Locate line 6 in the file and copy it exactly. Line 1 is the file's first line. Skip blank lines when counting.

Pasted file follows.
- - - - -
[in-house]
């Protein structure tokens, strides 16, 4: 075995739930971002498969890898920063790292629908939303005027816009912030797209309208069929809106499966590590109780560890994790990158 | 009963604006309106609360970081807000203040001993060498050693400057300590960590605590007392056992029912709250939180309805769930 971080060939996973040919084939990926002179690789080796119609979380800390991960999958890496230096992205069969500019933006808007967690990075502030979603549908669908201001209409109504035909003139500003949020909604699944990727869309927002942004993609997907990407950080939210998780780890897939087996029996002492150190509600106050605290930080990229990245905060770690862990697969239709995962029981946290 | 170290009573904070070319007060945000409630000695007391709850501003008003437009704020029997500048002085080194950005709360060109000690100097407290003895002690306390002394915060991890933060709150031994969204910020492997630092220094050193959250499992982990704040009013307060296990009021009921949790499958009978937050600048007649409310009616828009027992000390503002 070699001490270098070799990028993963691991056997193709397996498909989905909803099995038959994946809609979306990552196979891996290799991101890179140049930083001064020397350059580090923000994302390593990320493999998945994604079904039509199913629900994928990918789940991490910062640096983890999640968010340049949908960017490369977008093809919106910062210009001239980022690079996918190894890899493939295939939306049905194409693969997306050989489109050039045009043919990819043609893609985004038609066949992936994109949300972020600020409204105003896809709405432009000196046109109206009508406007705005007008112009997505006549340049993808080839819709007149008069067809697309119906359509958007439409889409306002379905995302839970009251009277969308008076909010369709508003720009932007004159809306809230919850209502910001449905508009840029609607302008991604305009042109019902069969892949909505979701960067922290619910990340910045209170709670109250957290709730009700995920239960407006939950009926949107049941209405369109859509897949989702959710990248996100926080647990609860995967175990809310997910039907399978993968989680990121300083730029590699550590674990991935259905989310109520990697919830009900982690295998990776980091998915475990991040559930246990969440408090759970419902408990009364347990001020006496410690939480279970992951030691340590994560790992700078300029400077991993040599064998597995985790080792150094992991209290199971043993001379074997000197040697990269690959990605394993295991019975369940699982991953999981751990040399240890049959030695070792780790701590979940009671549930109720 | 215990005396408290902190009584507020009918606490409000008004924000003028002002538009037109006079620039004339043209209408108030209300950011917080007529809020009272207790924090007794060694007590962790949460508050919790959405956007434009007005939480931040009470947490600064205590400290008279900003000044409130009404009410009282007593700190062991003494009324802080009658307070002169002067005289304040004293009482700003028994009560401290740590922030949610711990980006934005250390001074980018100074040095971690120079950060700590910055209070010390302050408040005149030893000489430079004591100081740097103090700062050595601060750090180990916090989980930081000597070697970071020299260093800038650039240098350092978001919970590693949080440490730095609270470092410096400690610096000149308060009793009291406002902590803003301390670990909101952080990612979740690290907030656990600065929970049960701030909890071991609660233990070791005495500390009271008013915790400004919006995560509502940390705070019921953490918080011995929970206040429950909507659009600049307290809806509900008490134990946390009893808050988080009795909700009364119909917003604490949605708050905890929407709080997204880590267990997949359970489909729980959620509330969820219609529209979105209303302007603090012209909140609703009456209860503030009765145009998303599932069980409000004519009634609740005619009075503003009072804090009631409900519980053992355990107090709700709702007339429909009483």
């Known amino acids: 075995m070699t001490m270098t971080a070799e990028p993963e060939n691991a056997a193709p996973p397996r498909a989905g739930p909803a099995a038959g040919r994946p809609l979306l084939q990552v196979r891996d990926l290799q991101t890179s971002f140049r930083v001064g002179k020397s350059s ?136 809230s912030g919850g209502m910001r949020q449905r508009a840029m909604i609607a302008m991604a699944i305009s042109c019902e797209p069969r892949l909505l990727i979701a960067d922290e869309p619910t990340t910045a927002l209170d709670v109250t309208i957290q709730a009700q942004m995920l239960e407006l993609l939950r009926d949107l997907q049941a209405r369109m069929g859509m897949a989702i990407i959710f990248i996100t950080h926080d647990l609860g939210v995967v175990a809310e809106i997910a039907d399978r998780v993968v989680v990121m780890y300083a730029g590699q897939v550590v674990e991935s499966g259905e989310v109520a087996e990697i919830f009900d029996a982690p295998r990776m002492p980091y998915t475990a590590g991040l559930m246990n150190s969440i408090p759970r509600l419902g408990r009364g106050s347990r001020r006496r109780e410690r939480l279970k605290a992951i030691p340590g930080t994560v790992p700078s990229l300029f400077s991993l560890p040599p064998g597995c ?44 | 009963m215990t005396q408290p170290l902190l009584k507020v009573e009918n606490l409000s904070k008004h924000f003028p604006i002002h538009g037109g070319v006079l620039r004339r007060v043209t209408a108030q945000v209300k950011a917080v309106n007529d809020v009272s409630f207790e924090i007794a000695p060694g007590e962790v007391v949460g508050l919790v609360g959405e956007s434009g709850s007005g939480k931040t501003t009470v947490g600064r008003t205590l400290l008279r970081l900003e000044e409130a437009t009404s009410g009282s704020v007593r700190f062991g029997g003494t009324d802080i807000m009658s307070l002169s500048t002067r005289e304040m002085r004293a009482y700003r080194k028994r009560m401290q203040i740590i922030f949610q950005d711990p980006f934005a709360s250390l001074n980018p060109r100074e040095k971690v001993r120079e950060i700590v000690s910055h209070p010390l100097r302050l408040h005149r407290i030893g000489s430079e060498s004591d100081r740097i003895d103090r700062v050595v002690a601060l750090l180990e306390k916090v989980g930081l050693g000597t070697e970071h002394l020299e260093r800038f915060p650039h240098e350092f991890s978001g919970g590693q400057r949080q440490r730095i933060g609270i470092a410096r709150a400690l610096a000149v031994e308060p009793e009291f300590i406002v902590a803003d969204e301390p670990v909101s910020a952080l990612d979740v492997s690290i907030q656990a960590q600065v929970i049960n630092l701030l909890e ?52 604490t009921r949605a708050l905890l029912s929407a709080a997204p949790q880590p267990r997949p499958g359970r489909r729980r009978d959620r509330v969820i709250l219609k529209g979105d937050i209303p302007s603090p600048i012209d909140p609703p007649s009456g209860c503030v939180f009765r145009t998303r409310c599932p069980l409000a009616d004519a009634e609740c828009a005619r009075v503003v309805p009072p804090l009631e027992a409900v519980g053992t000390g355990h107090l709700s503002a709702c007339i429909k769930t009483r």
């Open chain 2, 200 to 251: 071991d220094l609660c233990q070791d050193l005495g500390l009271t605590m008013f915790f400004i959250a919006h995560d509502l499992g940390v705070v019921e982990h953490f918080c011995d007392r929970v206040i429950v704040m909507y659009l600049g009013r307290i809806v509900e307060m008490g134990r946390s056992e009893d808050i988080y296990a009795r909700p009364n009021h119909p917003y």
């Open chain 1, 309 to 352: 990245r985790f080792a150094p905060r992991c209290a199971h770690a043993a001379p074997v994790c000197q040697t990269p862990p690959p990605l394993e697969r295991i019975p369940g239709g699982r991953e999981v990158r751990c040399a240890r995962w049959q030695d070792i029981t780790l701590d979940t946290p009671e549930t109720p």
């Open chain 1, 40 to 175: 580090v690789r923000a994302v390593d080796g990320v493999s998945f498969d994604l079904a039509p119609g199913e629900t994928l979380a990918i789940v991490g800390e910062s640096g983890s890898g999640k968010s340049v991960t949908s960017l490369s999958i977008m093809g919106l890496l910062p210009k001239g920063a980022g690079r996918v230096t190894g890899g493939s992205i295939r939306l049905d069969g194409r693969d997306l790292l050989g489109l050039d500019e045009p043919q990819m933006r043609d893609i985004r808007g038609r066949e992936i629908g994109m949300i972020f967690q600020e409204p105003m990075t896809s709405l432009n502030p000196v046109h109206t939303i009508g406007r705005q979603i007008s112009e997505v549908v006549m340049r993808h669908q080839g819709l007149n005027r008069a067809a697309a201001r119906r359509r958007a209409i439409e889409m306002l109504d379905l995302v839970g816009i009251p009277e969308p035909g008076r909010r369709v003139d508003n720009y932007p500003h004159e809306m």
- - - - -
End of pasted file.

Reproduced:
């Open chain 1, 40 to 175: 580090v690789r923000a994302v390593d080796g990320v493999s998945f498969d994604l079904a039509p119609g199913e629900t994928l979380a990918i789940v991490g800390e910062s640096g983890s890898g999640k968010s340049v991960t949908s960017l490369s999958i977008m093809g919106l890496l910062p210009k001239g920063a980022g690079r996918v230096t190894g890899g493939s992205i295939r939306l049905d069969g194409r693969d997306l790292l050989g489109l050039d500019e045009p043919q990819m933006r043609d893609i985004r808007g038609r066949e992936i629908g994109m949300i972020f967690q600020e409204p105003m990075t896809s709405l432009n502030p000196v046109h109206t939303i009508g406007r705005q979603i007008s112009e997505v549908v006549m340049r993808h669908q080839g819709l007149n005027r008069a067809a697309a201001r119906r359509r958007a209409i439409e889409m306002l109504d379905l995302v839970g816009i009251p009277e969308p035909g008076r909010r369709v003139d508003n720009y932007p500003h004159e809306m």